Celebration, people, relationships, surroundings: In different ways, pretty much all of Deller’s work includes these crucial elements; elements that bob and weave through this quirky, good-natured, and rather lovely looking book, designed by another regular Deller collaborator, Fraser Muggeridge Studio.
William Turnbull: International Modern Artist, a lavishly illustrated monograph conceived by the Turnbull Studio, marks the centenary of the renowned Scottish sculptor, who was born in 1922.
What is the obvious but overlooked link between the Paleolithic cave paintings of Lascaux and the sandcast bas-relief sculptures of Constantino Nivola, Paul Rudolph’s Yale Art and Architecture Building, and Mary Martin’s relief for the Sixth World Congress of the International Union of Architects?
Kim Levin’s ELSEWHERE: The Tainted Garden and Other Essays on Art, Life, and the Anthropocene consists of 35 essays written between 1991 and 2017 and never published in the U.S. Ambitious in scope, this volume provides constructive commentary and clarification for our era of rapid change in both art and life.
John Van Alstine: Sculpture 1971–2018, heavy and beautiful as a coffee table book, is much more than that. It is a tribute to John Van Alstine’s long career, spanning decades of work in which his sculptures have interpreted urban and pastoral influences, with a nod to the massive undertakings of Land artists such as Robert Smithson and Michael Heizer.
Thinking the Sculpture Garden: Art, Plant, Landscape offers a radical rethink of how we might interact harmoniously with plants and art in an age of globalization, climate change, and urbanization.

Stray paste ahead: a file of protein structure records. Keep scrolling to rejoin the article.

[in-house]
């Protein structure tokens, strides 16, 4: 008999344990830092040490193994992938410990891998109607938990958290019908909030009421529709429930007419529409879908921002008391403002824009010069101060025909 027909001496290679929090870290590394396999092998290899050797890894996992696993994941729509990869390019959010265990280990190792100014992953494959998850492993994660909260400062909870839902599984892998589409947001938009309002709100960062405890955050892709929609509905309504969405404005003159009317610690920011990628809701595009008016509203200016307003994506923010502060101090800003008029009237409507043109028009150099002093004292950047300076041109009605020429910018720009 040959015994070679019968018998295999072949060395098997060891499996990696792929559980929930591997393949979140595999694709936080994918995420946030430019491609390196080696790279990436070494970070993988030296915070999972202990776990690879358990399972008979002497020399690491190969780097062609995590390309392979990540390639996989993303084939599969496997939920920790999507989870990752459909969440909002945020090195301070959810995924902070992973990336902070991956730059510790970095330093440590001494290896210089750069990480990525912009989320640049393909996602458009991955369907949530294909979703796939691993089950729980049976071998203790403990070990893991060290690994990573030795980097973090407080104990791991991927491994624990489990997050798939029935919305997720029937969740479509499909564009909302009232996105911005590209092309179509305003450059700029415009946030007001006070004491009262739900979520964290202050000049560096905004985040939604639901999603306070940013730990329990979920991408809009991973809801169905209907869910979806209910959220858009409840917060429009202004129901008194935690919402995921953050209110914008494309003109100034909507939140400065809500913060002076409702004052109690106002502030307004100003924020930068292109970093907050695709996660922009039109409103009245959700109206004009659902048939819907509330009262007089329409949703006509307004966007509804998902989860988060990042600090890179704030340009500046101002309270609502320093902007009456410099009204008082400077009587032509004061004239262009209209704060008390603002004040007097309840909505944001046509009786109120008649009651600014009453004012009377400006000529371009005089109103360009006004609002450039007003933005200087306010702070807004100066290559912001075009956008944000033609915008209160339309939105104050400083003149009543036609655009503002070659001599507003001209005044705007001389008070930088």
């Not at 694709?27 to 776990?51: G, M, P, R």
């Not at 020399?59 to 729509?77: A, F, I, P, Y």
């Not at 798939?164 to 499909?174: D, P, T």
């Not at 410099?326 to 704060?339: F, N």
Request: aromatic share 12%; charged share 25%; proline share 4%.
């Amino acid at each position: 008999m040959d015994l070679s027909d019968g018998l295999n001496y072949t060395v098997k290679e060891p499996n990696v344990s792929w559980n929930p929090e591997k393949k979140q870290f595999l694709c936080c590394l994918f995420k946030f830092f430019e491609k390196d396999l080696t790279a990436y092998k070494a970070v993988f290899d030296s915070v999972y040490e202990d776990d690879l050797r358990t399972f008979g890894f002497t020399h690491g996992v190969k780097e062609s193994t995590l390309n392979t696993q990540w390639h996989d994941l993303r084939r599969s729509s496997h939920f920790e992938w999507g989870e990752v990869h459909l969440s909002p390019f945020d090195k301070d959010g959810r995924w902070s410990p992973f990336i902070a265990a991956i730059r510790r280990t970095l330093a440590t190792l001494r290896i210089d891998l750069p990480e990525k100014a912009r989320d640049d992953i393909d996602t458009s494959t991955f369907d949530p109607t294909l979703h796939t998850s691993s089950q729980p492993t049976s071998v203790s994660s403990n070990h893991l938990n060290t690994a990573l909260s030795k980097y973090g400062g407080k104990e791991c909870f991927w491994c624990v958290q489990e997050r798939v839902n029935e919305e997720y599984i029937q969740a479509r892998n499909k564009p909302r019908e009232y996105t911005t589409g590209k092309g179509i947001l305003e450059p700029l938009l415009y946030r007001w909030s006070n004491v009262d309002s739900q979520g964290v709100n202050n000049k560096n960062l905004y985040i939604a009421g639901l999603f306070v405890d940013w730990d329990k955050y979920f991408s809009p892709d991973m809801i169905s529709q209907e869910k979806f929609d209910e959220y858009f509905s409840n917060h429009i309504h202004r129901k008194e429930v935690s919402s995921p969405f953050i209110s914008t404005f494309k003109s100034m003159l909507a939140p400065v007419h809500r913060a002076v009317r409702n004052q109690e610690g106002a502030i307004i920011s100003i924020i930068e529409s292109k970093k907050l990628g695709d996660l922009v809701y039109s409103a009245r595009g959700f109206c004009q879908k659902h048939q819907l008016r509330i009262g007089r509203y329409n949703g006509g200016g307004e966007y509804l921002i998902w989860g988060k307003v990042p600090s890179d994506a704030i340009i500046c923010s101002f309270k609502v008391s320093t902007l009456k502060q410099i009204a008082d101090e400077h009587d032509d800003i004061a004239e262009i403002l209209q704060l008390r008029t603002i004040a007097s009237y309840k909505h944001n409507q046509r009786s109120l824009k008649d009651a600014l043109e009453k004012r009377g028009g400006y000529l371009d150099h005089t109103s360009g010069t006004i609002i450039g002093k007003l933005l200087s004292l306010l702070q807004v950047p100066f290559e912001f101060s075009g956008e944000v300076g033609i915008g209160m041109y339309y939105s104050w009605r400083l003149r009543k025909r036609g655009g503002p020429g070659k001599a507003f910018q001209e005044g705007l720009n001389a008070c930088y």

Reading Unfold This Moment, the Berlin-based critic Martin Herbert’s compact history of Carol Bove’s two-decade career, it struck me that I’ve seen a lot more of Bove’s work first-hand than I’d perhaps realized.
Sculpture portable enough to fit in the palm of your hand, inside a pocket, or tucked into a wallet can also be invested with enough narrative power to tell an epic story. The newly published catalogue, The Scher Collection of Commemorative Medals, proves that sculpture the size of a silver dollar can assume the presence of something monumental.
Robert Murray says that after he arrived in New York as a young man in 1960, “I forgot to go home.” It’s a good thing he didn’t return to his native Saskatoon, for he would likely not have begun to produce the sculptures for which he is now forever known.